The State Bank of Pakistan (SBP) on Thursday raised its benchmark interest rate by 125 basis points, from 13.75 percent to 15 percent, the highest level since 2008, with an aim at “ensuring a soft landing of the economy amid an exceptionally challenging and uncertain global environment.”
Following a meeting of the central bank’s Monetary Policy Committee (MPC), it stressed that the hike in the interest rate should help cool economy activity, prevent a de-anchoring of inflation expectations and provide support to the rupee in the wake of multi-year high inflation and record imports.
While acknowledging “encouraging” developments—reversal of an unsustainable fuel subsidy, the looming revival of a suspended IMF program, a $2.3 billion commercial loan from China, robust economic activity—the SBP warned this had been overshadowed by several adverse developments. “Globally, inflation is at multi-decade highs in most countries and central banks are responding aggressively, leading to depreciation pressure on most emerging market currencies. This strong monetary tightening has occurred despite concerns about a slowdown in global growth and even recession risks, highlighting the primacy that central banks are placing on containing inflation at this juncture,” it said. Domestically, it noted, both headline and core inflation had increased significantly in June, rising to a 14-year high, while the current account deficit had unexpectedly spiked in May, placing pressure on foreign exchange reserves and the national currency.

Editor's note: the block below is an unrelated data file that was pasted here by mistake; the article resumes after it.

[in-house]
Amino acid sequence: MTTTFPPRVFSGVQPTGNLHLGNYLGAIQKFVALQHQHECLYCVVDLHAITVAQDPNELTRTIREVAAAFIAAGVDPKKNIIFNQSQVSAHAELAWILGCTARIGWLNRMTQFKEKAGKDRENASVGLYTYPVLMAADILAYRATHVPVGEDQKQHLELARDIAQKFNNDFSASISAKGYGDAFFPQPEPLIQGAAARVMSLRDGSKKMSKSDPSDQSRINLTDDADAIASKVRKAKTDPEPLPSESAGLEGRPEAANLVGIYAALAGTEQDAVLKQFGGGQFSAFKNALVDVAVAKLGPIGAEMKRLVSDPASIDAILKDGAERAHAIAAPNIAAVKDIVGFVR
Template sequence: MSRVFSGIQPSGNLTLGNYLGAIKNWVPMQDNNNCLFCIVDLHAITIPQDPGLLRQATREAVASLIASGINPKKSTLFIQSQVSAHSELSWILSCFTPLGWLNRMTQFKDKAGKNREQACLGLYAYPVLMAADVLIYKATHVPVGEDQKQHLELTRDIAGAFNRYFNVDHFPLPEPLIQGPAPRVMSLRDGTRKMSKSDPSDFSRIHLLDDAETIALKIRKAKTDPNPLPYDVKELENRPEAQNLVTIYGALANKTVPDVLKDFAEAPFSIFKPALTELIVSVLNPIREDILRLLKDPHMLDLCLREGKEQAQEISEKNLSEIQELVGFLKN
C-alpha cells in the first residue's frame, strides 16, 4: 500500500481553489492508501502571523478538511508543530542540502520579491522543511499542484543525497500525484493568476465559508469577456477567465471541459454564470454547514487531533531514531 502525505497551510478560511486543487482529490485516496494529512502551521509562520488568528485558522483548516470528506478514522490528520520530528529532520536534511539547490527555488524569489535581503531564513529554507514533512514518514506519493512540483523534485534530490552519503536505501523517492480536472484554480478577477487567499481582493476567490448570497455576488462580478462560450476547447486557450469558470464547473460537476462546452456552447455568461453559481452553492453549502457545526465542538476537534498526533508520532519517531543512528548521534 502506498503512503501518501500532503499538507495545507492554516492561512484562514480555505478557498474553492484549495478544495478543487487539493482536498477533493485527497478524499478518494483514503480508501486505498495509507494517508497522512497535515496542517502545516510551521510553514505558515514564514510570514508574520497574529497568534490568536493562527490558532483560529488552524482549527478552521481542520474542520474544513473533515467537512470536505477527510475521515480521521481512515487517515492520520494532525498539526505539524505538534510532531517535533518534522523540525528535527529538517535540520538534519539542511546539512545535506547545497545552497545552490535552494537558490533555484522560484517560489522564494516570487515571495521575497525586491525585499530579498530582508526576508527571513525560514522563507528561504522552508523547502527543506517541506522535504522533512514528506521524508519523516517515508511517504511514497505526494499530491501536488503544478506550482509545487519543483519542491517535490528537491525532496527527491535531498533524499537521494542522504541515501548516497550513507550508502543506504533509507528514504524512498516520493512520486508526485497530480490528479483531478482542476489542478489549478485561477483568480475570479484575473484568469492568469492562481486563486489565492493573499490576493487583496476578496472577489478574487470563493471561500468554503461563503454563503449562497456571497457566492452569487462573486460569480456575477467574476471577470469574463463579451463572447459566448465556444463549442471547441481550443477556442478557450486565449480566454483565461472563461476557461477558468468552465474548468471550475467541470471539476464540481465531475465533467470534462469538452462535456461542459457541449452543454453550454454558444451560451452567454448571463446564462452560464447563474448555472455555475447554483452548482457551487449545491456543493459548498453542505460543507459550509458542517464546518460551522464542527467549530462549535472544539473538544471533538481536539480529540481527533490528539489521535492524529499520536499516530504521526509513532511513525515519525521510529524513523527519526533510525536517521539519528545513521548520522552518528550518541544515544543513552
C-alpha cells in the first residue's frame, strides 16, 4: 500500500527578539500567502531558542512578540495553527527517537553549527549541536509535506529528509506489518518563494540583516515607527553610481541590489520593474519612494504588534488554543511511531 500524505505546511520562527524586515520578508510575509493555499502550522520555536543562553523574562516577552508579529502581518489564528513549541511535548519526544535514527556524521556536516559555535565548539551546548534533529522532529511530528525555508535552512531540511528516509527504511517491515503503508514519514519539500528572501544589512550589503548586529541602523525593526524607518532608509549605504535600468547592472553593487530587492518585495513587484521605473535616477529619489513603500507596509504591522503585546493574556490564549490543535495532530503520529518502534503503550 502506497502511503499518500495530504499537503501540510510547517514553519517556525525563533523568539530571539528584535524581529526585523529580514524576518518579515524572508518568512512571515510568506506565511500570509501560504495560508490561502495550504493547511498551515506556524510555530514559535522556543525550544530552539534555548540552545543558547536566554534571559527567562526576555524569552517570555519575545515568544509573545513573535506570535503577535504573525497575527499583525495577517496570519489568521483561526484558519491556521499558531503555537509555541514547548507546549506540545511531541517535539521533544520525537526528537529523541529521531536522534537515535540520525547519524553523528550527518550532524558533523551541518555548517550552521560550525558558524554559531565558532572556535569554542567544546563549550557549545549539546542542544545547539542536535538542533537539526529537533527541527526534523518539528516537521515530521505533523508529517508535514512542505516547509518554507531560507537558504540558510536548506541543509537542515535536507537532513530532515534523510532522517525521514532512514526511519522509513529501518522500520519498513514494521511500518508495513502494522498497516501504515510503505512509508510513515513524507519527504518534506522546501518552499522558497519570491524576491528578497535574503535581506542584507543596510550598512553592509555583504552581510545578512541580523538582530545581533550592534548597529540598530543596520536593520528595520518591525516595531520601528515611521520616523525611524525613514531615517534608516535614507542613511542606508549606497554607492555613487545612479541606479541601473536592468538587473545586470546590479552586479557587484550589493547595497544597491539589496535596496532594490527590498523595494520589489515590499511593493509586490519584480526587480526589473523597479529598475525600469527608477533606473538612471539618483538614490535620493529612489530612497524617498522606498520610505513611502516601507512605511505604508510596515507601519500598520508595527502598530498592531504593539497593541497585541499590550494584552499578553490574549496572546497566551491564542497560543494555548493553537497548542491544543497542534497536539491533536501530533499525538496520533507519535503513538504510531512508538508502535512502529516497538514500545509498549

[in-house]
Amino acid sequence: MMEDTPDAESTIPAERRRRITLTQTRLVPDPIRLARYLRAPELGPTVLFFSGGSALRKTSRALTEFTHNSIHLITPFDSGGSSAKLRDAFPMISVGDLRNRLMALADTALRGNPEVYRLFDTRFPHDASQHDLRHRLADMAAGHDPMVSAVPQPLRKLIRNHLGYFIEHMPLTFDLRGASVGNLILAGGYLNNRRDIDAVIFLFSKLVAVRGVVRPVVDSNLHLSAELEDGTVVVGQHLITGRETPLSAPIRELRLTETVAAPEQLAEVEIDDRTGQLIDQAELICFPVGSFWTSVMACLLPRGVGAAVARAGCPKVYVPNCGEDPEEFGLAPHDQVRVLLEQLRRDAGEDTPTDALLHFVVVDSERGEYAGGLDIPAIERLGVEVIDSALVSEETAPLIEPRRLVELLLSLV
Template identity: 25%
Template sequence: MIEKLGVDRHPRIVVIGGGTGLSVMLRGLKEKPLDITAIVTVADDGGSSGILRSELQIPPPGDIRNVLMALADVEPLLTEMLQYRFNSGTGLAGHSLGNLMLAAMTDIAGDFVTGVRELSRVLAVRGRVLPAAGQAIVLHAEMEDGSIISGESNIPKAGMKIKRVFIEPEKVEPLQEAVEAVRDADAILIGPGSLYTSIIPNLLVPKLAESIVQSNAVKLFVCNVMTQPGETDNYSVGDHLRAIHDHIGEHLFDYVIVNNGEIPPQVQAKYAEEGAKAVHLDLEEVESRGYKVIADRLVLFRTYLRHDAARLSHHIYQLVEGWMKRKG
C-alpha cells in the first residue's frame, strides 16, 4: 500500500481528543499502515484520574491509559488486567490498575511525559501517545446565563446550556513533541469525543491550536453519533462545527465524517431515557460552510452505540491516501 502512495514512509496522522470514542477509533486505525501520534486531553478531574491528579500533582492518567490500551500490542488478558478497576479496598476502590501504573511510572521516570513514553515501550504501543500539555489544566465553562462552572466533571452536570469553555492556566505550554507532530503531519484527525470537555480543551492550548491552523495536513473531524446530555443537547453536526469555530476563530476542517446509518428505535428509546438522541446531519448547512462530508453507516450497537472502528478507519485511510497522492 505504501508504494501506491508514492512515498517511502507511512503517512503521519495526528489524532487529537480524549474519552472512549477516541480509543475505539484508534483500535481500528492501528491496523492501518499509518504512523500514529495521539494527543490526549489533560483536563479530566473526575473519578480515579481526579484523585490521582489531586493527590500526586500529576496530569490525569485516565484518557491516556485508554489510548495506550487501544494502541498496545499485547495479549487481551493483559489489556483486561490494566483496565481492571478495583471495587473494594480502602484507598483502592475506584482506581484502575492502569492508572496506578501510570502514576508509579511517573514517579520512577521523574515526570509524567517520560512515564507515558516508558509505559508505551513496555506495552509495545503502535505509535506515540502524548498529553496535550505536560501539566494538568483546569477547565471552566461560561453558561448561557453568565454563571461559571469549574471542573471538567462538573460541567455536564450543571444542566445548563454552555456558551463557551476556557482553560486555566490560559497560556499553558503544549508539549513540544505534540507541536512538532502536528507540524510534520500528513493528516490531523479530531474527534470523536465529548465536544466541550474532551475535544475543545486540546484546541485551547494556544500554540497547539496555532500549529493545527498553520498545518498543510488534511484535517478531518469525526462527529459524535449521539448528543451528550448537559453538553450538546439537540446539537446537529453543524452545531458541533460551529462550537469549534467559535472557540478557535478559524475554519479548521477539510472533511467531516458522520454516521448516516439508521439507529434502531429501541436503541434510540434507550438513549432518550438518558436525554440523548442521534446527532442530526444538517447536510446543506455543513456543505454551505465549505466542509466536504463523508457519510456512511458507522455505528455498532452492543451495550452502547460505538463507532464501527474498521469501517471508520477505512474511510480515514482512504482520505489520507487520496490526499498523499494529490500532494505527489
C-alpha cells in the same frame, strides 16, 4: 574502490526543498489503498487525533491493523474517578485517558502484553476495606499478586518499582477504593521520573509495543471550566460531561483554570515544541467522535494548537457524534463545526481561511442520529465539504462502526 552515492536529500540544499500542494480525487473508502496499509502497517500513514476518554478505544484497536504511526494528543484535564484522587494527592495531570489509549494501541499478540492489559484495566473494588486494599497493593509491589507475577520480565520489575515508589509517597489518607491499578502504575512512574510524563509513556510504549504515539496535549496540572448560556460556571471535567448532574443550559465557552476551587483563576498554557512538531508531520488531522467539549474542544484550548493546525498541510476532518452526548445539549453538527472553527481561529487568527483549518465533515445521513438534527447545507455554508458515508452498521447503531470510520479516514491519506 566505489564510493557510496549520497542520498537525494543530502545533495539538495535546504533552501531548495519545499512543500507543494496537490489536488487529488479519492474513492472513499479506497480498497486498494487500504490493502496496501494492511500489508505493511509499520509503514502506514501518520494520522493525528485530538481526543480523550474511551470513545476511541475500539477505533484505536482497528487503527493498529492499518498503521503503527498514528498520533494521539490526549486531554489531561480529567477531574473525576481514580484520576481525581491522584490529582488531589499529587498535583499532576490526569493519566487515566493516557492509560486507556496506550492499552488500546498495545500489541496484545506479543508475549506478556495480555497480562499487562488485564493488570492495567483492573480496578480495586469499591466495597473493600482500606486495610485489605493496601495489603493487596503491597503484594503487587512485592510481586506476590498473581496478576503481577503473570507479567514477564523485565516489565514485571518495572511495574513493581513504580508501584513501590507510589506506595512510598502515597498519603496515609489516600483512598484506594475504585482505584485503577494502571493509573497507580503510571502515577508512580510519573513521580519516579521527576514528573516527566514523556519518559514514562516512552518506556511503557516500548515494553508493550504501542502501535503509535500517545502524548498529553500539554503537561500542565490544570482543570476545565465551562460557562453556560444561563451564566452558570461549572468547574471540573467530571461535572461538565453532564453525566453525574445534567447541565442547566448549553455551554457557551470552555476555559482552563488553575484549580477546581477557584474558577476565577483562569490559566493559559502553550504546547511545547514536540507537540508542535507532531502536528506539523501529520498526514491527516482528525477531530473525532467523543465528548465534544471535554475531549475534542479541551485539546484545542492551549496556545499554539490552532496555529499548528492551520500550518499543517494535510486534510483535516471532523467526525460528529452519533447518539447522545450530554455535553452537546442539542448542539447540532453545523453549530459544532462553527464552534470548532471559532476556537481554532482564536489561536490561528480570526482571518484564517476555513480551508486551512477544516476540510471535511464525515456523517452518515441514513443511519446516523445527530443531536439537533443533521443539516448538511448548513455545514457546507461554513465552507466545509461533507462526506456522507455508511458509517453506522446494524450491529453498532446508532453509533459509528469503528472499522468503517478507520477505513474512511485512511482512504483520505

“Against this challenging backdrop, the [Monetary Policy Committee] noted the importance of strong, timely and credible policy actions to moderate domestic demand, prevent a compounding of inflationary pressures and reduce risks to external stability,” it said. “Like most of the world, Pakistan is facing a large negative income shock from high inflation and necessary but difficult increases in utility prices and taxes,” it said, adding there was significant risk of substantially worse outcomes without decisive macroeconomic adjustments.
“Adjustment is difficult but necessary in Pakistan, as it is all over the world. However, in the interest of social stability, the burden of this adjustment must be shared equitably across the population, by ensuring that the relatively well-off absorb most of the increase in utility prices and taxes while well-targeted and adequate assistance is provided to the more vulnerable,” it added.
The central bank, nonetheless, warned that headline inflation was likely to remain elevated around current levels for much of the current fiscal year before falling sharply to the 5-7 percent target range by the end of the next fiscal. “While risks exist on both sides, those of significantly higher inflation dominate, prompting today’s rate increase,” it stressed. “Going forward, the [Monetary Policy Committee] will remain data-dependent, paying particularly close attention to month-on-month inflation, the evolution of inflation expectations and global commodity prices, as well as developments on the fiscal and external fronts,” it added.
The central bank said growth was expected to moderate to 3-4 percent in the ongoing fiscal, on the back of monetary tightening and fiscal consolidation, “helping to close the positive output gap and diminish demand-side pressures on inflation.” This, it emphasized, would pave the way for higher growth on a more sustainable basis.